Employers Must Help Workers Achieve Career Goals

By Dennis McCafferty
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    Highly Motivated

    Highly Motivated

    74% of women and 71% of men surveyed feel inspired to do their best on the job.

When it comes to men and women, the differences in perspective probably date back to the Paleolithic period. Today, those gender differences often show up in the workplace, as both sexes have different views about salary compensation, career advancement and other key vocational issues, according to recent survey findings from Randstad US. Managers and executives in IT organizations should take note, as industry research reveals that six out of 10 new technology jobs created this year have been filled by women. However, while women are more likely to "give it their all" on the job, they lag behind men on some key engagement drivers. Regardless of the gender balance—or imbalance—within an organization, it’s important for company management to enhance developmental opportunities for all employees. "The pursuit of leadership rank is a universal aspiration," says Lisa Crawford, senior vice president at Randstad US. "Organizations that help their workforce achieve those goals—regardless of gender—will emerge successful." More than 2,030 employees took part in the research.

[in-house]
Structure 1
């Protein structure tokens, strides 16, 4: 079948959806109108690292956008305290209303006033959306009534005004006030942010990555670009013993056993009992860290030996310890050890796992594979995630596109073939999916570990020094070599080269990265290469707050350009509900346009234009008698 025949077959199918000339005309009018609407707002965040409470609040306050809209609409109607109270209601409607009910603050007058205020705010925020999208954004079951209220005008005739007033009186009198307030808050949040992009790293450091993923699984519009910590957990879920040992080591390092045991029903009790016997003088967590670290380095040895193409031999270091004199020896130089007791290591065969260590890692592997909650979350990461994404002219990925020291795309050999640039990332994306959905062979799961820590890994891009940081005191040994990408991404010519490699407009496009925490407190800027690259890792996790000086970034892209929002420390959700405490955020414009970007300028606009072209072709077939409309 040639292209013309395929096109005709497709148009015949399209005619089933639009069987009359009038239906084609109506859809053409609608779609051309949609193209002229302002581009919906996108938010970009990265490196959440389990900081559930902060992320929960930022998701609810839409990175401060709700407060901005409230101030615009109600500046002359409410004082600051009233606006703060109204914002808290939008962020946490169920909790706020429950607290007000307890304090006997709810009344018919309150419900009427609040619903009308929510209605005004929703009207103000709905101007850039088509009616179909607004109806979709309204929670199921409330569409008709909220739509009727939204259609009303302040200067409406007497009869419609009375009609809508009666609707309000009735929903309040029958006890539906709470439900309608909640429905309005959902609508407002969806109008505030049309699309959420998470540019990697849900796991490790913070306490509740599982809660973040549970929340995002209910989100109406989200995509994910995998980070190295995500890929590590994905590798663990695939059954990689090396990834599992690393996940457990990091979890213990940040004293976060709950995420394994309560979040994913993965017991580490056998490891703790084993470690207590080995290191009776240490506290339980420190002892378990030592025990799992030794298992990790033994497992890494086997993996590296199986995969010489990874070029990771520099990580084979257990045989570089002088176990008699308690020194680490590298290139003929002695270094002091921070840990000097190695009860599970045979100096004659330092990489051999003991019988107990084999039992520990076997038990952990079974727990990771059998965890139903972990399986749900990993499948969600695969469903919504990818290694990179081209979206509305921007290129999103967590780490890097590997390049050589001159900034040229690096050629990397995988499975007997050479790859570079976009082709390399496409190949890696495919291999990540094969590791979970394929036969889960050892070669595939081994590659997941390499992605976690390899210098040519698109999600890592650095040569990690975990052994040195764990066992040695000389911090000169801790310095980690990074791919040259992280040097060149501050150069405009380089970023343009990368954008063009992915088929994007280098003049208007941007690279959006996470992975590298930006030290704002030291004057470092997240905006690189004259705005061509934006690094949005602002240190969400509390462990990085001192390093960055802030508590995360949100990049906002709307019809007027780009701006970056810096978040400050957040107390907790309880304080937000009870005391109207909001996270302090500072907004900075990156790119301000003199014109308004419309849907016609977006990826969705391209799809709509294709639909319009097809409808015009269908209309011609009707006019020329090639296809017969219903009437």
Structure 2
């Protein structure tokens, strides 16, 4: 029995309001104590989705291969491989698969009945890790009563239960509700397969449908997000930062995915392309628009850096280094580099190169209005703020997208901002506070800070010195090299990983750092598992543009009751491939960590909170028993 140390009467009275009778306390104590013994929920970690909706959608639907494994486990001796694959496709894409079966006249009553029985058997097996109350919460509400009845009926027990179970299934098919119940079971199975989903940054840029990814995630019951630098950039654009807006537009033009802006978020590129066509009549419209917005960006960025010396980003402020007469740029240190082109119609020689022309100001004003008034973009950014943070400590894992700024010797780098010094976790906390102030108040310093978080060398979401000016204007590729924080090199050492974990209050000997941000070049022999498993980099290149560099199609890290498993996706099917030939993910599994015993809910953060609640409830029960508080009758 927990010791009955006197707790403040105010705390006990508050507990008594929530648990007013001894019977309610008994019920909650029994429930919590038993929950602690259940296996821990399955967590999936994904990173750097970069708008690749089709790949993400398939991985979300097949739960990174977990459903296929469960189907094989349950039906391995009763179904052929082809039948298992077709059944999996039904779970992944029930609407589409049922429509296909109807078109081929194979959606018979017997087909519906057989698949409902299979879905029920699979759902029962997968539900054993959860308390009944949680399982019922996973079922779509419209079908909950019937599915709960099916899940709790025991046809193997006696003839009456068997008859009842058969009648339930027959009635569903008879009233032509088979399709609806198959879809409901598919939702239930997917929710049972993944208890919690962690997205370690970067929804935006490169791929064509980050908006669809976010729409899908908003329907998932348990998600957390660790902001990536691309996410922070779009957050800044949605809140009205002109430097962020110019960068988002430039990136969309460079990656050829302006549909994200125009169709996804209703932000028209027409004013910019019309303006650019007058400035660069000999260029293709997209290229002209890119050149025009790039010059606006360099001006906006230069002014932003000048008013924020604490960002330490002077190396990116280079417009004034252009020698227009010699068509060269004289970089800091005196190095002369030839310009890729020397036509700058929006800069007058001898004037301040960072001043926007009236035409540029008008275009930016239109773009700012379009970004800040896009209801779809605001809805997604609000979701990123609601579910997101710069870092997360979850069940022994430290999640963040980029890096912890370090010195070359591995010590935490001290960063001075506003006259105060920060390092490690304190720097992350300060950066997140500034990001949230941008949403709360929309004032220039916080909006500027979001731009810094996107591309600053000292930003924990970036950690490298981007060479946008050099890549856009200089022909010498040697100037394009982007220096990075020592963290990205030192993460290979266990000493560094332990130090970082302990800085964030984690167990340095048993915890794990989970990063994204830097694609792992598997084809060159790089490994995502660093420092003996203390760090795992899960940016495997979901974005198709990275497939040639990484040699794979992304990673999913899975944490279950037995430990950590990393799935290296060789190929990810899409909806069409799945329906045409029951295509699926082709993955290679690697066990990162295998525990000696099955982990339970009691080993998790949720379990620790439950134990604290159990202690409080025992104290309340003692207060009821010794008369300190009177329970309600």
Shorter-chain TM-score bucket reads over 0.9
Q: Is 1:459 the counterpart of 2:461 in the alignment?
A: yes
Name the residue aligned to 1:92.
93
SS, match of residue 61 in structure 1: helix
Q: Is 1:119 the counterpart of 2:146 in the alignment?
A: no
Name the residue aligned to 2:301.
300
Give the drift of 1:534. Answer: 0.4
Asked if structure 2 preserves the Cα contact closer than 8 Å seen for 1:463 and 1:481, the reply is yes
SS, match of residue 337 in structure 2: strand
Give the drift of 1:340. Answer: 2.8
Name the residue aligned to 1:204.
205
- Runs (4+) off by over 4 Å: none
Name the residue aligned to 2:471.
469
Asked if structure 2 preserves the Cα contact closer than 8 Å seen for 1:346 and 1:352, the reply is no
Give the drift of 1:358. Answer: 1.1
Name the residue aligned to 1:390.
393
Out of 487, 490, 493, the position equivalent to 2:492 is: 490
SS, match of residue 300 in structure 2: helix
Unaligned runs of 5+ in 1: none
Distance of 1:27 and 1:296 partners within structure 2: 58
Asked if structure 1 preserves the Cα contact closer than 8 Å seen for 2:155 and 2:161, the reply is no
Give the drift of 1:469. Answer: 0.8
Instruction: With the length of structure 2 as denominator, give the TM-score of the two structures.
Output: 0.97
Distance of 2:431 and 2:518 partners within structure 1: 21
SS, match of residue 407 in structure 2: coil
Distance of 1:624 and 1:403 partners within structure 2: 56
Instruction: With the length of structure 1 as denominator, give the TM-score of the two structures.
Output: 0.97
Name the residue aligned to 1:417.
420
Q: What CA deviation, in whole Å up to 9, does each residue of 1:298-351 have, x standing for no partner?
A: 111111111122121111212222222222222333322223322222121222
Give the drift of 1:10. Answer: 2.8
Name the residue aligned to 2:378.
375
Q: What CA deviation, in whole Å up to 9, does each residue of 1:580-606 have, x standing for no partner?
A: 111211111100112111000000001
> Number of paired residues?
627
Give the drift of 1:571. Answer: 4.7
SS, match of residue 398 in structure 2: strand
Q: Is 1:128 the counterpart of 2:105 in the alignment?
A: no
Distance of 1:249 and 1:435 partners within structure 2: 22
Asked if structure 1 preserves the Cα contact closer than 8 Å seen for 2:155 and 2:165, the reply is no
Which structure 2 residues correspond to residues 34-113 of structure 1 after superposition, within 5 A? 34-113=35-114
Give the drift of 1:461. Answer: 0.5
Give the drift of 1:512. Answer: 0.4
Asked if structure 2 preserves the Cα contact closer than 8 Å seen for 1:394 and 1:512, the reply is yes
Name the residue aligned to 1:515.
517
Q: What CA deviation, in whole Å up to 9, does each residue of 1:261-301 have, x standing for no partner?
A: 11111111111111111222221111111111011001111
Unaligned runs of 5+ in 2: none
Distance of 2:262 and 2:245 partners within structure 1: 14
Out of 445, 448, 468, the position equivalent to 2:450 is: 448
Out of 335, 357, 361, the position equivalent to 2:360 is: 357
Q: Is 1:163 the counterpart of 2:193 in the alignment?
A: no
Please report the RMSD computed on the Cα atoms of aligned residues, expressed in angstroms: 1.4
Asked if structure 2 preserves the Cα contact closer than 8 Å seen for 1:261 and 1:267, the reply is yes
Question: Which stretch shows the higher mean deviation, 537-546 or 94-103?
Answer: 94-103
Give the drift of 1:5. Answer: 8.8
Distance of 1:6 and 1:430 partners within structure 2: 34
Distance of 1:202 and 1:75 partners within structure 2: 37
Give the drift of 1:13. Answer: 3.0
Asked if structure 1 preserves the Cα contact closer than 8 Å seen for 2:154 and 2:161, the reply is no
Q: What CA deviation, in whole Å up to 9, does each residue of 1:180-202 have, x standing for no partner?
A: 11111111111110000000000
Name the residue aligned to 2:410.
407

This article was originally published on 2013-12-13
Dennis McCafferty is a freelance writer for Baseline Magazine.
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